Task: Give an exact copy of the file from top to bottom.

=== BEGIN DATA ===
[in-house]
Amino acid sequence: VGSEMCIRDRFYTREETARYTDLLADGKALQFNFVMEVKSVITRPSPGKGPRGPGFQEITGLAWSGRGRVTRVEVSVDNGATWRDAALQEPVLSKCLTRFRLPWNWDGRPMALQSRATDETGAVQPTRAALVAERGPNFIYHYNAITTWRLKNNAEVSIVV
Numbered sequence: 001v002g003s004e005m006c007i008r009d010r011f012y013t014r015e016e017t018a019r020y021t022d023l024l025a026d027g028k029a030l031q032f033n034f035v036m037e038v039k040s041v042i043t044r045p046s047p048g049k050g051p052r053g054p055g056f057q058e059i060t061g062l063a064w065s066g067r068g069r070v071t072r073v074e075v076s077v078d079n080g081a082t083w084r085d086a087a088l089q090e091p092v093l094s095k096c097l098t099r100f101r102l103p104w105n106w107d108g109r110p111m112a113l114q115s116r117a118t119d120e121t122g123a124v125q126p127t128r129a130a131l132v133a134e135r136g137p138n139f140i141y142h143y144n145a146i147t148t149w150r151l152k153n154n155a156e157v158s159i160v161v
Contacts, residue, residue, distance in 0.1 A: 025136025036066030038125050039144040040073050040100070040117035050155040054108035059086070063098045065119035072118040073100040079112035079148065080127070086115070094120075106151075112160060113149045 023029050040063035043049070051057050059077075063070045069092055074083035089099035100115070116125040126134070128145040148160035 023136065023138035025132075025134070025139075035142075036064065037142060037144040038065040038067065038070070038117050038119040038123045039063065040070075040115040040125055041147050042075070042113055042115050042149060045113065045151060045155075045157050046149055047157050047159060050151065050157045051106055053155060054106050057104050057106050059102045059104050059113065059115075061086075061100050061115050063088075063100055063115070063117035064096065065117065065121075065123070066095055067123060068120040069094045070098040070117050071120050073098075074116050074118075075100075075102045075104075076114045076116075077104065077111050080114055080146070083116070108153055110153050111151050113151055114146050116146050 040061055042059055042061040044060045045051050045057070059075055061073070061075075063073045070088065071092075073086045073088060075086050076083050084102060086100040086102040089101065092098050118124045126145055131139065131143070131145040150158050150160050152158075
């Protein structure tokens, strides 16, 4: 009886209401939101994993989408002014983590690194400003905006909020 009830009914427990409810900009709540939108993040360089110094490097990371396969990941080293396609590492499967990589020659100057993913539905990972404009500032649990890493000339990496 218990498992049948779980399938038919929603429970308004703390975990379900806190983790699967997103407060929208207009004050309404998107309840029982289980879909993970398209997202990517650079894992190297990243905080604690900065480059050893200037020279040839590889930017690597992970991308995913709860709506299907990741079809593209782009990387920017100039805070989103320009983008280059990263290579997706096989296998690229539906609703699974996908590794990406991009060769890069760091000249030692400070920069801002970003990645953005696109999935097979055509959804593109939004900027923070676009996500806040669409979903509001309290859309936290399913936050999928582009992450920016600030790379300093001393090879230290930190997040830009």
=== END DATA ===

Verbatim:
[in-house]
Amino acid sequence: VGSEMCIRDRFYTREETARYTDLLADGKALQFNFVMEVKSVITRPSPGKGPRGPGFQEITGLAWSGRGRVTRVEVSVDNGATWRDAALQEPVLSKCLTRFRLPWNWDGRPMALQSRATDETGAVQPTRAALVAERGPNFIYHYNAITTWRLKNNAEVSIVV
Numbered sequence: 001v002g003s004e005m006c007i008r009d010r011f012y013t014r015e016e017t018a019r020y021t022d023l024l025a026d027g028k029a030l031q032f033n034f035v036m037e038v039k040s041v042i043t044r045p046s047p048g049k050g051p052r053g054p055g056f057q058e059i060t061g062l063a064w065s066g067r068g069r070v071t072r073v074e075v076s077v078d079n080g081a082t083w084r085d086a087a088l089q090e091p092v093l094s095k096c097l098t099r100f101r102l103p104w105n106w107d108g109r110p111m112a113l114q115s116r117a118t119d120e121t122g123a124v125q126p127t128r129a130a131l132v133a134e135r136g137p138n139f140i141y142h143y144n145a146i147t148t149w150r151l152k153n154n155a156e157v158s159i160v161v
Contacts, residue, residue, distance in 0.1 A: 025136025036066030038125050039144040040073050040100070040117035050155040054108035059086070063098045065119035072118040073100040079112035079148065080127070086115070094120075106151075112160060113149045 023029050040063035043049070051057050059077075063070045069092055074083035089099035100115070116125040126134070128145040148160035 023136065023138035025132075025134070025139075035142075036064065037142060037144040038065040038067065038070070038117050038119040038123045039063065040070075040115040040125055041147050042075070042113055042115050042149060045113065045151060045155075045157050046149055047157050047159060050151065050157045051106055053155060054106050057104050057106050059102045059104050059113065059115075061086075061100050061115050063088075063100055063115070063117035064096065065117065065121075065123070066095055067123060068120040069094045070098040070117050071120050073098075074116050074118075075100075075102045075104075076114045076116075077104065077111050080114055080146070083116070108153055110153050111151050113151055114146050116146050 040061055042059055042061040044060045045051050045057070059075055061073070061075075063073045070088065071092075073086045073088060075086050076083050084102060086100040086102040089101065092098050118124045126145055131139065131143070131145040150158050150160050152158075
């Protein structure tokens, strides 16, 4: 009886209401939101994993989408002014983590690194400003905006909020 009830009914427990409810900009709540939108993040360089110094490097990371396969990941080293396609590492499967990589020659100057993913539905990972404009500032649990890493000339990496 218990498992049948779980399938038919929603429970308004703390975990379900806190983790699967997103407060929208207009004050309404998107309840029982289980879909993970398209997202990517650079894992190297990243905080604690900065480059050893200037020279040839590889930017690597992970991308995913709860709506299907990741079809593209782009990387920017100039805070989103320009983008280059990263290579997706096989296998690229539906609703699974996908590794990406991009060769890069760091000249030692400070920069801002970003990645953005696109999935097979055509959804593109939004900027923070676009996500806040669409979903509001309290859309936290399913936050999928582009992450920016600030790379300093001393090879230290930190997040830009």